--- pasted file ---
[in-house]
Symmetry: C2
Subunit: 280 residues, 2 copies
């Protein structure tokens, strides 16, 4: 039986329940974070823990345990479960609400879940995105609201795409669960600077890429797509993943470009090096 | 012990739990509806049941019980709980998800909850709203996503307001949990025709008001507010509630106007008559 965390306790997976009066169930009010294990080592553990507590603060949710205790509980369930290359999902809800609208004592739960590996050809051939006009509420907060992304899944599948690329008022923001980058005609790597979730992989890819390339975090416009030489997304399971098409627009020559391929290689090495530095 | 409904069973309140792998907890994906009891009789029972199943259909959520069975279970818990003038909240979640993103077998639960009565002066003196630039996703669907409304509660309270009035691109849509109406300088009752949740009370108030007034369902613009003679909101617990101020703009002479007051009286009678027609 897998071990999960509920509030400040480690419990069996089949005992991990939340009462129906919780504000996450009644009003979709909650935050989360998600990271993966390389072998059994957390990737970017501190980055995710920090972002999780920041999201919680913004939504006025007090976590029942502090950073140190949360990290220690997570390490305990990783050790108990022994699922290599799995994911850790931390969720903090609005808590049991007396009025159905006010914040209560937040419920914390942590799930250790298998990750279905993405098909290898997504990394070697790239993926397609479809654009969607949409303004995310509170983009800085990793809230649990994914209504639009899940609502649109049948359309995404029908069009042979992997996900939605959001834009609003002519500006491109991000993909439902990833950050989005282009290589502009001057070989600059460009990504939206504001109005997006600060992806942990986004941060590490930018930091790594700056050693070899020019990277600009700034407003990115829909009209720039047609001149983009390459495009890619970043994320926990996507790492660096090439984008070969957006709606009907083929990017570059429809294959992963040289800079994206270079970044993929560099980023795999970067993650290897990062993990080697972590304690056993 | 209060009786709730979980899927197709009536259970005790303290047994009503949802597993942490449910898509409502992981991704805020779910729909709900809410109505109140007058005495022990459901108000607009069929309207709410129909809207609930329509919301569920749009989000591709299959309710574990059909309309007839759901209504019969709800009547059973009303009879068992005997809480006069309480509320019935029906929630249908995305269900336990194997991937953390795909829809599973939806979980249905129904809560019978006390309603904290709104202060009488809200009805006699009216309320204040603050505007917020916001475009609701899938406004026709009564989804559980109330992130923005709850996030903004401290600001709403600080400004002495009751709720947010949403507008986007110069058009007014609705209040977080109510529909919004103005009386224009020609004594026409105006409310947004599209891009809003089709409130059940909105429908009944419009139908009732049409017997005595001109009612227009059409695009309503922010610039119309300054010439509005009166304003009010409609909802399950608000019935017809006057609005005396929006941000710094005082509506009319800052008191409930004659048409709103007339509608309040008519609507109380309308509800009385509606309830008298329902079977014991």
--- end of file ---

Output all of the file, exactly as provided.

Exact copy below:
[in-house]
Symmetry: C2
Subunit: 280 residues, 2 copies
């Protein structure tokens, strides 16, 4: 039986329940974070823990345990479960609400879940995105609201795409669960600077890429797509993943470009090096 | 012990739990509806049941019980709980998800909850709203996503307001949990025709008001507010509630106007008559 965390306790997976009066169930009010294990080592553990507590603060949710205790509980369930290359999902809800609208004592739960590996050809051939006009509420907060992304899944599948690329008022923001980058005609790597979730992989890819390339975090416009030489997304399971098409627009020559391929290689090495530095 | 409904069973309140792998907890994906009891009789029972199943259909959520069975279970818990003038909240979640993103077998639960009565002066003196630039996703669907409304509660309270009035691109849509109406300088009752949740009370108030007034369902613009003679909101617990101020703009002479007051009286009678027609 897998071990999960509920509030400040480690419990069996089949005992991990939340009462129906919780504000996450009644009003979709909650935050989360998600990271993966390389072998059994957390990737970017501190980055995710920090972002999780920041999201919680913004939504006025007090976590029942502090950073140190949360990290220690997570390490305990990783050790108990022994699922290599799995994911850790931390969720903090609005808590049991007396009025159905006010914040209560937040419920914390942590799930250790298998990750279905993405098909290898997504990394070697790239993926397609479809654009969607949409303004995310509170983009800085990793809230649990994914209504639009899940609502649109049948359309995404029908069009042979992997996900939605959001834009609003002519500006491109991000993909439902990833950050989005282009290589502009001057070989600059460009990504939206504001109005997006600060992806942990986004941060590490930018930091790594700056050693070899020019990277600009700034407003990115829909009209720039047609001149983009390459495009890619970043994320926990996507790492660096090439984008070969957006709606009907083929990017570059429809294959992963040289800079994206270079970044993929560099980023795999970067993650290897990062993990080697972590304690056993 | 209060009786709730979980899927197709009536259970005790303290047994009503949802597993942490449910898509409502992981991704805020779910729909709900809410109505109140007058005495022990459901108000607009069929309207709410129909809207609930329509919301569920749009989000591709299959309710574990059909309309007839759901209504019969709800009547059973009303009879068992005997809480006069309480509320019935029906929630249908995305269900336990194997991937953390795909829809599973939806979980249905129904809560019978006390309603904290709104202060009488809200009805006699009216309320204040603050505007917020916001475009609701899938406004026709009564989804559980109330992130923005709850996030903004401290600001709403600080400004002495009751709720947010949403507008986007110069058009007014609705209040977080109510529909919004103005009386224009020609004594026409105006409310947004599209891009809003089709409130059940909105429908009944419009139908009732049409017997005595001109009612227009059409695009309503922010610039119309300054010439509005009166304003009010409609909802399950608000019935017809006057609005005396929006941000710094005082509506009319800052008191409930004659048409709103007339509608309040008519609507109380309308509800009385509606309830008298329902079977014991």